Martin Bryant's Mother Speaks Out
Exclusive to "The Strategy"
|The much maligned Martin Bryant, allegedly
the Port Arthur gunman has never had a fair trial, has
never had a proper investigation of the circumstances and
in fact was convicted without evidence proving beyond a
Cases of this type are invariably trial by jury, but in the case of Martin Bryant there was no trial -- only a sentencing hearing conducted by Chief Justice Cox and prosecuted by Chief Prosecutor Damian Bugg QC. In itself, these circumstances demand a lot of answers, not the least being -- no trial, yet a Chief Prosecutor?
Who really was the blond man?
On 28 April 1996 at Port Arthur in Australia, some of the best combat shooters in the world used a total of only 64 bullets to kill 35 people, wound 22 more, and cripple two cars. The first 19 victims in the Broad Arrow Cafe each died from a single 5.56-mm bullet to the head, all fired in less than 20 seconds from the right hip of a fast-moving combat shooter. This awesome display of marksmanship was blamed on an intellectually impaired young man called Martin Bryant, who had no shooting or military experience at all. In the months and years following Martin's arrest, much of the public and private strain fell on his widowed mother Carleen.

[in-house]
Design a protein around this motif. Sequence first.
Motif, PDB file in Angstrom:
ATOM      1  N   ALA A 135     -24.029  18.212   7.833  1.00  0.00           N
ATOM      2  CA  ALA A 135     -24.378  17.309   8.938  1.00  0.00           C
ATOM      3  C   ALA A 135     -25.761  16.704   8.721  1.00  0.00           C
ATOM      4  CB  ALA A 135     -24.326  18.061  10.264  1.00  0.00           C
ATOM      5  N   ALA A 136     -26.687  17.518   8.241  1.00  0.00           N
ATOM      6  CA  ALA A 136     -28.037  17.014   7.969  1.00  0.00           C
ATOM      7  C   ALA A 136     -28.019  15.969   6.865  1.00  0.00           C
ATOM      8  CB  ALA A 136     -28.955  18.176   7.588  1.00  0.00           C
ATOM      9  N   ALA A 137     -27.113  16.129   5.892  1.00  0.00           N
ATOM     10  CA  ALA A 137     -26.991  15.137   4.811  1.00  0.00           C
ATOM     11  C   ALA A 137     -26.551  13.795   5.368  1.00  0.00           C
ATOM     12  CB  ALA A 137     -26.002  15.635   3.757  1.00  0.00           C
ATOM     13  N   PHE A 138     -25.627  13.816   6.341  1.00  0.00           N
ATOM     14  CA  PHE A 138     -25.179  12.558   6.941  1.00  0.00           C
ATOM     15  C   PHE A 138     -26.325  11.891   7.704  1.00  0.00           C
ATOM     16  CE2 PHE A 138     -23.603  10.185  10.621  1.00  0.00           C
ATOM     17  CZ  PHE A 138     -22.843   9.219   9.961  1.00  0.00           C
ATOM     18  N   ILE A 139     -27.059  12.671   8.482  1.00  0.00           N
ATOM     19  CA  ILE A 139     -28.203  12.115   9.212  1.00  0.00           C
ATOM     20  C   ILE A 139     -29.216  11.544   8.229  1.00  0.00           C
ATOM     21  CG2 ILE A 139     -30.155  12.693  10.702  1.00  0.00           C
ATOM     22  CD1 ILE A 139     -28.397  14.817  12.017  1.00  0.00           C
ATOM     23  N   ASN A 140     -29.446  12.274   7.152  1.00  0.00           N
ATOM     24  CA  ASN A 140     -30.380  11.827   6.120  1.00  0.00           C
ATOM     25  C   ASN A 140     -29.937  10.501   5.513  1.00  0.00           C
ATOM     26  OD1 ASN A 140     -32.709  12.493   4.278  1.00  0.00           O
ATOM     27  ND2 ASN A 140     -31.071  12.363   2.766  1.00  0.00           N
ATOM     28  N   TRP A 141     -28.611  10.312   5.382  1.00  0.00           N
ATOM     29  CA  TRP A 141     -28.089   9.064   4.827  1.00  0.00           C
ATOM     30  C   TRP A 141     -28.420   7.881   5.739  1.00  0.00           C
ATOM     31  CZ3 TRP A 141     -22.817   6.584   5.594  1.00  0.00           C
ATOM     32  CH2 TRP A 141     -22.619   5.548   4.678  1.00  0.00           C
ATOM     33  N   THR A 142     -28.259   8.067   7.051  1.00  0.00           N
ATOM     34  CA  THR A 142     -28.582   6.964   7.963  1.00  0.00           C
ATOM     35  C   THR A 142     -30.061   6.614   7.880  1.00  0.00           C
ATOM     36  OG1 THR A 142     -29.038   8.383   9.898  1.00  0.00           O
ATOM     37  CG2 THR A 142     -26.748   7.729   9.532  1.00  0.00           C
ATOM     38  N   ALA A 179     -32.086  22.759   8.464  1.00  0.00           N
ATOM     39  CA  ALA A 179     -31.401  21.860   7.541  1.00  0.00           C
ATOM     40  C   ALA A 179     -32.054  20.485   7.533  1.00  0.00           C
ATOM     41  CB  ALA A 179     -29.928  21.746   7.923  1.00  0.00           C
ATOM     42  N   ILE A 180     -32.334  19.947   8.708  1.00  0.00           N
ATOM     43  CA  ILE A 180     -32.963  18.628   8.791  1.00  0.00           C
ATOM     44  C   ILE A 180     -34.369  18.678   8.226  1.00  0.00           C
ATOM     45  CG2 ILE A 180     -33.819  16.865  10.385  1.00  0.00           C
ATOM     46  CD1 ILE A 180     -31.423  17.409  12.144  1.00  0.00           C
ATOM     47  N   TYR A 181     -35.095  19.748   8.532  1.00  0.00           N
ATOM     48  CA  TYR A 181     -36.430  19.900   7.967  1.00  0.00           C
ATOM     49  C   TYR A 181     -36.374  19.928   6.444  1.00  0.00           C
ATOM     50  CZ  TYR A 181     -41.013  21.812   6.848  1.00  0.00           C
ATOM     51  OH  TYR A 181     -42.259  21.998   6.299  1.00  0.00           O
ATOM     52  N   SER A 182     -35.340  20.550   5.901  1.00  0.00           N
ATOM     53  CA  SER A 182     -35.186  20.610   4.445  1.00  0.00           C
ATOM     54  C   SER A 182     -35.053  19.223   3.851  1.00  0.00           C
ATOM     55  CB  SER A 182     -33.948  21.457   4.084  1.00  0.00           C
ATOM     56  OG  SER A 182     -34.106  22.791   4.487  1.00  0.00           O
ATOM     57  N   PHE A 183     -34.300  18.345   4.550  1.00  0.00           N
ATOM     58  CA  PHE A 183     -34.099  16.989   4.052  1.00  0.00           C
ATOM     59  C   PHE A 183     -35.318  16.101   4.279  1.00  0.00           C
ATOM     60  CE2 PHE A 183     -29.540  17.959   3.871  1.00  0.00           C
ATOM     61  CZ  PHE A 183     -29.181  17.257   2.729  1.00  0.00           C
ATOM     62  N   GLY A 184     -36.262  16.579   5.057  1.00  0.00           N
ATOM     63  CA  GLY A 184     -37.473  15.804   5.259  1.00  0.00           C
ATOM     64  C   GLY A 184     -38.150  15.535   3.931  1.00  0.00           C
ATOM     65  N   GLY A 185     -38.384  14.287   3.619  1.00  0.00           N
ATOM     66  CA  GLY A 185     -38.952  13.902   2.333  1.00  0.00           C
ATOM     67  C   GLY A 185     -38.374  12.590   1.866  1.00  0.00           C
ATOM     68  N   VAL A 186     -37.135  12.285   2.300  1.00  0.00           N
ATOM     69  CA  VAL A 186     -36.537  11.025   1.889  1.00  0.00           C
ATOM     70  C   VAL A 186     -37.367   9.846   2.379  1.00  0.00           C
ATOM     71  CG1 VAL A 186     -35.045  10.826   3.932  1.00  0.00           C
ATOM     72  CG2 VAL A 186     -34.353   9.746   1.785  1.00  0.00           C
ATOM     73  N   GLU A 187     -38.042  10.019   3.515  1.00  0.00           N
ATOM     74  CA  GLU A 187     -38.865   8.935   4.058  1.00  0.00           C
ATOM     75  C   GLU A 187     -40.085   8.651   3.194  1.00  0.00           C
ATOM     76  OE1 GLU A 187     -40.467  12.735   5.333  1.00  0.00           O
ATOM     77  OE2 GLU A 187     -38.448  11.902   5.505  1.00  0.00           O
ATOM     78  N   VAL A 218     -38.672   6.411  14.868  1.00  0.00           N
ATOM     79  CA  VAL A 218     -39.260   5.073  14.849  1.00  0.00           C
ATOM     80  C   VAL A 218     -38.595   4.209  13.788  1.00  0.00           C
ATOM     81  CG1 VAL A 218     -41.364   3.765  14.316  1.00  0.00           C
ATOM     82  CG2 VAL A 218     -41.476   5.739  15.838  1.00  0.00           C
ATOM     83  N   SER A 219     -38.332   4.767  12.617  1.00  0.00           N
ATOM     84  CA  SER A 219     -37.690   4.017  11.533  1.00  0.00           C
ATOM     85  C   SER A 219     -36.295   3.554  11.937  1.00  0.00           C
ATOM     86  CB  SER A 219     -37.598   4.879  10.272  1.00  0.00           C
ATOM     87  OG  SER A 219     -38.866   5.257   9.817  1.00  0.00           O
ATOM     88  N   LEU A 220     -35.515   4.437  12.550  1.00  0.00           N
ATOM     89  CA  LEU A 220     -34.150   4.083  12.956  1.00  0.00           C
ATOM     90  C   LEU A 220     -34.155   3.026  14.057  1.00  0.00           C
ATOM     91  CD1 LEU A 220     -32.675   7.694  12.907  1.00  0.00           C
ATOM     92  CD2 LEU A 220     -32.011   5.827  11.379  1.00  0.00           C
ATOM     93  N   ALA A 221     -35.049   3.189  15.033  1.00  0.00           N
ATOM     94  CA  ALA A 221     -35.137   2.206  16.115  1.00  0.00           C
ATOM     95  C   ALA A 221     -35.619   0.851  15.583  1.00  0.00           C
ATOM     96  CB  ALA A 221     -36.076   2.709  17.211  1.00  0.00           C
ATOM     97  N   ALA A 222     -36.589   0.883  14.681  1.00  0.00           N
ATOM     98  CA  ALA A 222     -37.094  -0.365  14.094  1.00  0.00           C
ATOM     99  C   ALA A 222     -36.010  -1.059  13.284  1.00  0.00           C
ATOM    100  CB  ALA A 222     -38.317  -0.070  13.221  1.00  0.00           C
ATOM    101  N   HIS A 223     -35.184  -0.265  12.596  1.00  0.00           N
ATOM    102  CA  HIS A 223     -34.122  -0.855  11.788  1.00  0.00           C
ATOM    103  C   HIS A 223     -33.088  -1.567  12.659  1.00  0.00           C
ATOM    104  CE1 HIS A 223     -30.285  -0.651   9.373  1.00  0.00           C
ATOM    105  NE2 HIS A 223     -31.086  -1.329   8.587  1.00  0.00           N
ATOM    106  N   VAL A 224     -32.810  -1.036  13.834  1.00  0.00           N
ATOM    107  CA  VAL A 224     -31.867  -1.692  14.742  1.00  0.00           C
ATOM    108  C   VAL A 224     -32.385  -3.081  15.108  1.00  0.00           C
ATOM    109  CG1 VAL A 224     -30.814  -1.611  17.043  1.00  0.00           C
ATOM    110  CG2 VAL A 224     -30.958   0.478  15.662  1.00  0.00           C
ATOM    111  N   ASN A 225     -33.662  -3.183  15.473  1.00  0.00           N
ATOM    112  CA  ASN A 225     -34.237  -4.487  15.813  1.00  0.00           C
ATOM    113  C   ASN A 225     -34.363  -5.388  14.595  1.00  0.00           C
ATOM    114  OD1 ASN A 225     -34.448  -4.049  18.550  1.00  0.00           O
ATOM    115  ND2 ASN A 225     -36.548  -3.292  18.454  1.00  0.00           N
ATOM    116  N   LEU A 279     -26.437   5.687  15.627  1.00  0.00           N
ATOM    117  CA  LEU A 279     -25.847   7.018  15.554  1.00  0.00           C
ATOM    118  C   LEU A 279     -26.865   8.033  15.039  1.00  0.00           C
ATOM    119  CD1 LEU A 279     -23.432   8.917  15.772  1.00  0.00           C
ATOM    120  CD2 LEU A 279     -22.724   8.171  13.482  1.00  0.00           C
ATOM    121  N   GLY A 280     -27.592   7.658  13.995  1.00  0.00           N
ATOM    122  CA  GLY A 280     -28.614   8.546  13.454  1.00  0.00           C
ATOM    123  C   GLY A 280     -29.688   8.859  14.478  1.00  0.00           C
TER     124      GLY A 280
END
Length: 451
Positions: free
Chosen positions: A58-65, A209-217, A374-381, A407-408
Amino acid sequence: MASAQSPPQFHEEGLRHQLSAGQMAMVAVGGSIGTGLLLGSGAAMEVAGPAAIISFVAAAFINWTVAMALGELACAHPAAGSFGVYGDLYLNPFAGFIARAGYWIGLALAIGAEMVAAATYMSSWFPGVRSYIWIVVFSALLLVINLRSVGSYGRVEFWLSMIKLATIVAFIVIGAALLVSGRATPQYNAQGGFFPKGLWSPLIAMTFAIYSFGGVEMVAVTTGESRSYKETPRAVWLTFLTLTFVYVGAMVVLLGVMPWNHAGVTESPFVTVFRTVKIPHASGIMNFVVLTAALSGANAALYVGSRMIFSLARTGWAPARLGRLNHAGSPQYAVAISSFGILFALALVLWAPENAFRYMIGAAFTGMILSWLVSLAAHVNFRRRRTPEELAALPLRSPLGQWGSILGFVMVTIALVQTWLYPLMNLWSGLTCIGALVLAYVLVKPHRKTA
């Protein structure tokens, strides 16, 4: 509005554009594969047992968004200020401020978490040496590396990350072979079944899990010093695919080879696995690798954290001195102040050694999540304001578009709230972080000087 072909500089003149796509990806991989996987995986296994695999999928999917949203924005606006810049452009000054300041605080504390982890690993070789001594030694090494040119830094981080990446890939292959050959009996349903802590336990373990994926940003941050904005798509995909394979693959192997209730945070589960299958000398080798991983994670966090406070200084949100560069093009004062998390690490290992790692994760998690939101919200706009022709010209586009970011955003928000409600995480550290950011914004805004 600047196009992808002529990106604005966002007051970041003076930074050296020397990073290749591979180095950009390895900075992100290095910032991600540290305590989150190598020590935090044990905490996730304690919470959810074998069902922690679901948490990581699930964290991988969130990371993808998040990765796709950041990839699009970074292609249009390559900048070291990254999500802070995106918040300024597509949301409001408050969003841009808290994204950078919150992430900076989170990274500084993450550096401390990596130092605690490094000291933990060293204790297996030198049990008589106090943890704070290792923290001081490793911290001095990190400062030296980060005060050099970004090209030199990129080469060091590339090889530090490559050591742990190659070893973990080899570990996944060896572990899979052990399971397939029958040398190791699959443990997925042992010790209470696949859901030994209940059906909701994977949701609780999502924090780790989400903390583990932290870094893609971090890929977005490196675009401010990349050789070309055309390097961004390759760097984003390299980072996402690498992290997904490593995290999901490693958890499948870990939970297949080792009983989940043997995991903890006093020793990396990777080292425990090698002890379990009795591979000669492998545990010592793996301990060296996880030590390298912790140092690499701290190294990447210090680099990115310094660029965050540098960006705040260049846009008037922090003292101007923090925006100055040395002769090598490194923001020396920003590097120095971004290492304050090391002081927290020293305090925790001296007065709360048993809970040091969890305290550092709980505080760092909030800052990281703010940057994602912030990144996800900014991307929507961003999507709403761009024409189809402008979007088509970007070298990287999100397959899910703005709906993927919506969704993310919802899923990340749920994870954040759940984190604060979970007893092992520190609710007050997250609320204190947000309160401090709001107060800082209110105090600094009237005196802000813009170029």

This is a very small part of Carleen Bryant's profoundly disturbing story.
Tasmanians are a hardy breed and Carleen Bryant is probably one of the hardiest of them all. Her idea of "taking a break" this year was to navigate her camper van alone from Tasmania to Western Australia with only a CB radio for company, drive half way around WA looking at the sights, then drop in on us for the afternoon before starting back eastward across the Nullarbor Plain. Not being a radio buff, she was disappointed that her CB "wasn't working too well" but a quick twist of the squelch knob fixed that, and Carleen slowly accelerated out of Perth, happily listening to about twenty truckies chattering incoherently over her CB loudspeaker on channel nine.
Life has been hard for Carleen, probably hardest of all when she realised that her son Martin needed speech therapy as a child, and other remedial help later which led to an invalid pension. As a mother she handled difficult situations well enough but her husband Maurice found it much harder. He was a devoted husband and father and a highly organised man, but Carleen says "it was more difficult for him. Martin was his son and fathers expect their sons to be normal." Hard though Maurice tried over the years he slowly but surely became depressed and "mentioned" suicide on a number of occasions. Then without warning in 1993 Maurice took his own life at the family farm at Copping, but long before his death had already taken steps to minimise its impact on Carleen and their children. Carleen was dreading all of the paperwork after his death "because Maurice always looked after that', but was astonished to find all of the documents she needed placed in a single neat pile where she could easily find them.